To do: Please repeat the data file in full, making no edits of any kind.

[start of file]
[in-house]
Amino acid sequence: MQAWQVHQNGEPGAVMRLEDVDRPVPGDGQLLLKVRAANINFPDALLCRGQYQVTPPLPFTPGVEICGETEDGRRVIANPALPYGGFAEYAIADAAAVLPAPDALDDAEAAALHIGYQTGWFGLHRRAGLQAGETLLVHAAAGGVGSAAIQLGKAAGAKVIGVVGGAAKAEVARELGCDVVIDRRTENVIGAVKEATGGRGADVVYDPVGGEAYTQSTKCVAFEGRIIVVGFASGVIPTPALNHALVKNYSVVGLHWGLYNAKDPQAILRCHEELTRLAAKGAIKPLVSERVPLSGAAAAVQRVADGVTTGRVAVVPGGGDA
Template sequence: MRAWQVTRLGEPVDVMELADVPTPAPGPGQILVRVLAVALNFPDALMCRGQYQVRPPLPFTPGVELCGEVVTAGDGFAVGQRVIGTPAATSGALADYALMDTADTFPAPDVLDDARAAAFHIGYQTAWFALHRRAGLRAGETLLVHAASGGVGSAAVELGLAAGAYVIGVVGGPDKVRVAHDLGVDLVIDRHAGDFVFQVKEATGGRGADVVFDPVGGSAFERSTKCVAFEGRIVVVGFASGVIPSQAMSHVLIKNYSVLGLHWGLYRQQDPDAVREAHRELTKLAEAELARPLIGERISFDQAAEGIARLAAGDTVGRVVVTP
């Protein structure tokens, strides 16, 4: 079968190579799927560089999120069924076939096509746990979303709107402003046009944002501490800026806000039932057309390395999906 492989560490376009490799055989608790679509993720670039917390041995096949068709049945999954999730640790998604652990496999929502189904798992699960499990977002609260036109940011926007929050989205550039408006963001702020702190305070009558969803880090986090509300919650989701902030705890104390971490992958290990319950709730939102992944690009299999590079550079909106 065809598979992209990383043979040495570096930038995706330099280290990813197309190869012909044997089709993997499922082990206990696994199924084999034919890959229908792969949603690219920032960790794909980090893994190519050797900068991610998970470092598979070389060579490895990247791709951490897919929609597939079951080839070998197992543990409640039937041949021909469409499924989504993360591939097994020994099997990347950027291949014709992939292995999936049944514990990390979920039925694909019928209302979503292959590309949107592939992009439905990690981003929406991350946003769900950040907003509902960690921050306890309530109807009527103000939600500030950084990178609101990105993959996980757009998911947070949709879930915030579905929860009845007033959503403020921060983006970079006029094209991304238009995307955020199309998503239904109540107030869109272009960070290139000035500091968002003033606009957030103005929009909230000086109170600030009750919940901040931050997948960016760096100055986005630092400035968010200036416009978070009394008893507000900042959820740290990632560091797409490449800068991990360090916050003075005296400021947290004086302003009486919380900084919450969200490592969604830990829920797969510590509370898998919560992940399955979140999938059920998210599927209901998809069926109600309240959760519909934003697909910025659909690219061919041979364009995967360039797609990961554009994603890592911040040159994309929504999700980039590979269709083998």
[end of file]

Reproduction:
[in-house]
Amino acid sequence: MQAWQVHQNGEPGAVMRLEDVDRPVPGDGQLLLKVRAANINFPDALLCRGQYQVTPPLPFTPGVEICGETEDGRRVIANPALPYGGFAEYAIADAAAVLPAPDALDDAEAAALHIGYQTGWFGLHRRAGLQAGETLLVHAAAGGVGSAAIQLGKAAGAKVIGVVGGAAKAEVARELGCDVVIDRRTENVIGAVKEATGGRGADVVYDPVGGEAYTQSTKCVAFEGRIIVVGFASGVIPTPALNHALVKNYSVVGLHWGLYNAKDPQAILRCHEELTRLAAKGAIKPLVSERVPLSGAAAAVQRVADGVTTGRVAVVPGGGDA
Template sequence: MRAWQVTRLGEPVDVMELADVPTPAPGPGQILVRVLAVALNFPDALMCRGQYQVRPPLPFTPGVELCGEVVTAGDGFAVGQRVIGTPAATSGALADYALMDTADTFPAPDVLDDARAAAFHIGYQTAWFALHRRAGLRAGETLLVHAASGGVGSAAVELGLAAGAYVIGVVGGPDKVRVAHDLGVDLVIDRHAGDFVFQVKEATGGRGADVVFDPVGGSAFERSTKCVAFEGRIVVVGFASGVIPSQAMSHVLIKNYSVLGLHWGLYRQQDPDAVREAHRELTKLAEAELARPLIGERISFDQAAEGIARLAAGDTVGRVVVTP
């Protein structure tokens, strides 16, 4: 079968190579799927560089999120069924076939096509746990979303709107402003046009944002501490800026806000039932057309390395999906 492989560490376009490799055989608790679509993720670039917390041995096949068709049945999954999730640790998604652990496999929502189904798992699960499990977002609260036109940011926007929050989205550039408006963001702020702190305070009558969803880090986090509300919650989701902030705890104390971490992958290990319950709730939102992944690009299999590079550079909106 065809598979992209990383043979040495570096930038995706330099280290990813197309190869012909044997089709993997499922082990206990696994199924084999034919890959229908792969949603690219920032960790794909980090893994190519050797900068991610998970470092598979070389060579490895990247791709951490897919929609597939079951080839070998197992543990409640039937041949021909469409499924989504993360591939097994020994099997990347950027291949014709992939292995999936049944514990990390979920039925694909019928209302979503292959590309949107592939992009439905990690981003929406991350946003769900950040907003509902960690921050306890309530109807009527103000939600500030950084990178609101990105993959996980757009998911947070949709879930915030579905929860009845007033959503403020921060983006970079006029094209991304238009995307955020199309998503239904109540107030869109272009960070290139000035500091968002003033606009957030103005929009909230000086109170600030009750919940901040931050997948960016760096100055986005630092400035968010200036416009978070009394008893507000900042959820740290990632560091797409490449800068991990360090916050003075005296400021947290004086302003009486919380900084919450969200490592969604830990829920797969510590509370898998919560992940399955979140999938059920998210599927209901998809069926109600309240959760519909934003697909910025659909690219061919041979364009995967360039797609990961554009994603890592911040040159994309929504999700980039590979269709083998």